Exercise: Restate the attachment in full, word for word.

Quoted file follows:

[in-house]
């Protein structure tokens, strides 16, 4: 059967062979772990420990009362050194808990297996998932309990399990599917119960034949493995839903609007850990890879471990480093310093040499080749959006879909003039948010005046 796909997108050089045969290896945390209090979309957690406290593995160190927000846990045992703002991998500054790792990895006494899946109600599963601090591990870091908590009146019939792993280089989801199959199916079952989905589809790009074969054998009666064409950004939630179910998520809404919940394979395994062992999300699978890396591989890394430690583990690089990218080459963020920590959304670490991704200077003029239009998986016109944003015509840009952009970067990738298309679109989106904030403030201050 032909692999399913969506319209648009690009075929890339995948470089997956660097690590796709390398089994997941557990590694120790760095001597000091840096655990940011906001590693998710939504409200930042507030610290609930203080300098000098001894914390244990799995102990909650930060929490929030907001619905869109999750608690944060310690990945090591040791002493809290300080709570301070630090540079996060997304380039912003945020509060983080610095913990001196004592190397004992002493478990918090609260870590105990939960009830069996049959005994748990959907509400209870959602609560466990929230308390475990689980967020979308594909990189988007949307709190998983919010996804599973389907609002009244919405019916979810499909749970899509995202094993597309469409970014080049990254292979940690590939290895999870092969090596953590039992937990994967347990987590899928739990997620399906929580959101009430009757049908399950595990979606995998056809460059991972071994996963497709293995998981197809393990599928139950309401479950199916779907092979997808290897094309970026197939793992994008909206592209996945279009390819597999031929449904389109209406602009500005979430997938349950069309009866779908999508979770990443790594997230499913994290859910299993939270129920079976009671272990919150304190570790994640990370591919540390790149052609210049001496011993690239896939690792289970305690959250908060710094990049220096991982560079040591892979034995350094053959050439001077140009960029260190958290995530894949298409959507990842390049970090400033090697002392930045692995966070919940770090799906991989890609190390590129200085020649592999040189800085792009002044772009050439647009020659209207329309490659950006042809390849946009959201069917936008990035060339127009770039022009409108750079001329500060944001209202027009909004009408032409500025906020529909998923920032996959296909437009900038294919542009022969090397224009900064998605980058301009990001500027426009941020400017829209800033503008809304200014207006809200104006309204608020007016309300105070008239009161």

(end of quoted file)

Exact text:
[in-house]
């Protein structure tokens, strides 16, 4: 059967062979772990420990009362050194808990297996998932309990399990599917119960034949493995839903609007850990890879471990480093310093040499080749959006879909003039948010005046 796909997108050089045969290896945390209090979309957690406290593995160190927000846990045992703002991998500054790792990895006494899946109600599963601090591990870091908590009146019939792993280089989801199959199916079952989905589809790009074969054998009666064409950004939630179910998520809404919940394979395994062992999300699978890396591989890394430690583990690089990218080459963020920590959304670490991704200077003029239009998986016109944003015509840009952009970067990738298309679109989106904030403030201050 032909692999399913969506319209648009690009075929890339995948470089997956660097690590796709390398089994997941557990590694120790760095001597000091840096655990940011906001590693998710939504409200930042507030610290609930203080300098000098001894914390244990799995102990909650930060929490929030907001619905869109999750608690944060310690990945090591040791002493809290300080709570301070630090540079996060997304380039912003945020509060983080610095913990001196004592190397004992002493478990918090609260870590105990939960009830069996049959005994748990959907509400209870959602609560466990929230308390475990689980967020979308594909990189988007949307709190998983919010996804599973389907609002009244919405019916979810499909749970899509995202094993597309469409970014080049990254292979940690590939290895999870092969090596953590039992937990994967347990987590899928739990997620399906929580959101009430009757049908399950595990979606995998056809460059991972071994996963497709293995998981197809393990599928139950309401479950199916779907092979997808290897094309970026197939793992994008909206592209996945279009390819597999031929449904389109209406602009500005979430997938349950069309009866779908999508979770990443790594997230499913994290859910299993939270129920079976009671272990919150304190570790994640990370591919540390790149052609210049001496011993690239896939690792289970305690959250908060710094990049220096991982560079040591892979034995350094053959050439001077140009960029260190958290995530894949298409959507990842390049970090400033090697002392930045692995966070919940770090799906991989890609190390590129200085020649592999040189800085792009002044772009050439647009020659209207329309490659950006042809390849946009959201069917936008990035060339127009770039022009409108750079001329500060944001209202027009909004009408032409500025906020529909998923920032996959296909437009900038294919542009022969090397224009900064998605980058301009990001500027426009941020400017829209800033503008809304200014207006809200104006309204608020007016309300105070008239009161």